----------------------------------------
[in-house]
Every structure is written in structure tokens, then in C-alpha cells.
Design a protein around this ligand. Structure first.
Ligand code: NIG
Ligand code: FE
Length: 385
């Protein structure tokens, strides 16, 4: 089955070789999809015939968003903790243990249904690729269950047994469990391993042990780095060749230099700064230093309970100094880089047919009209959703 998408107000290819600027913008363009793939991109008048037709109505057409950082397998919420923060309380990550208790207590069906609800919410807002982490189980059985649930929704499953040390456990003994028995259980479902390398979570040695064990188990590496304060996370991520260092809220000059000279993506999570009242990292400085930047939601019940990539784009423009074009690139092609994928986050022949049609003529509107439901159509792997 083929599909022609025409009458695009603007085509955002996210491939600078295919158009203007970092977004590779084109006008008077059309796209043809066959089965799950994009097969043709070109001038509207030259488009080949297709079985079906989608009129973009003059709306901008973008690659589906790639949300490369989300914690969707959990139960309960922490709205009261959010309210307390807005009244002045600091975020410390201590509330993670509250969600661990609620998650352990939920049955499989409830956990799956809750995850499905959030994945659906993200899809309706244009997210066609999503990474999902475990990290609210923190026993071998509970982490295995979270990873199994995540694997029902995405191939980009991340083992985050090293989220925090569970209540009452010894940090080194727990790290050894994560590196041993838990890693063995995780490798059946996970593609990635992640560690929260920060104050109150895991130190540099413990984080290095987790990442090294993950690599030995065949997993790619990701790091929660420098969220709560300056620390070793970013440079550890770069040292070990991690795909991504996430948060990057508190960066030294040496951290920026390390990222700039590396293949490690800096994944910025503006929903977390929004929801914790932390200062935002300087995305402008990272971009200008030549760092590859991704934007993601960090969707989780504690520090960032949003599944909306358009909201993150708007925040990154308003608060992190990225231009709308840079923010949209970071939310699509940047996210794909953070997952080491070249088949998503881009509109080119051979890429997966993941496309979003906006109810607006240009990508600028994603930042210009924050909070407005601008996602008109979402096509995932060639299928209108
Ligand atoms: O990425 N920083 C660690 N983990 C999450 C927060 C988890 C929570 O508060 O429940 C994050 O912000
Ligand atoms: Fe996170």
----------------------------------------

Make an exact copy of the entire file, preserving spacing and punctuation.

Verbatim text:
[in-house]
Every structure is written in structure tokens, then in C-alpha cells.
Design a protein around this ligand. Structure first.
Ligand code: NIG
Ligand code: FE
Length: 385
């Protein structure tokens, strides 16, 4: 089955070789999809015939968003903790243990249904690729269950047994469990391993042990780095060749230099700064230093309970100094880089047919009209959703 998408107000290819600027913008363009793939991109008048037709109505057409950082397998919420923060309380990550208790207590069906609800919410807002982490189980059985649930929704499953040390456990003994028995259980479902390398979570040695064990188990590496304060996370991520260092809220000059000279993506999570009242990292400085930047939601019940990539784009423009074009690139092609994928986050022949049609003529509107439901159509792997 083929599909022609025409009458695009603007085509955002996210491939600078295919158009203007970092977004590779084109006008008077059309796209043809066959089965799950994009097969043709070109001038509207030259488009080949297709079985079906989608009129973009003059709306901008973008690659589906790639949300490369989300914690969707959990139960309960922490709205009261959010309210307390807005009244002045600091975020410390201590509330993670509250969600661990609620998650352990939920049955499989409830956990799956809750995850499905959030994945659906993200899809309706244009997210066609999503990474999902475990990290609210923190026993071998509970982490295995979270990873199994995540694997029902995405191939980009991340083992985050090293989220925090569970209540009452010894940090080194727990790290050894994560590196041993838990890693063995995780490798059946996970593609990635992640560690929260920060104050109150895991130190540099413990984080290095987790990442090294993950690599030995065949997993790619990701790091929660420098969220709560300056620390070793970013440079550890770069040292070990991690795909991504996430948060990057508190960066030294040496951290920026390390990222700039590396293949490690800096994944910025503006929903977390929004929801914790932390200062935002300087995305402008990272971009200008030549760092590859991704934007993601960090969707989780504690520090960032949003599944909306358009909201993150708007925040990154308003608060992190990225231009709308840079923010949209970071939310699509940047996210794909953070997952080491070249088949998503881009509109080119051979890429997966993941496309979003906006109810607006240009990508600028994603930042210009924050909070407005601008996602008109979402096509995932060639299928209108
Ligand atoms: O990425 N920083 C660690 N983990 C999450 C927060 C988890 C929570 O508060 O429940 C994050 O912000
Ligand atoms: Fe996170």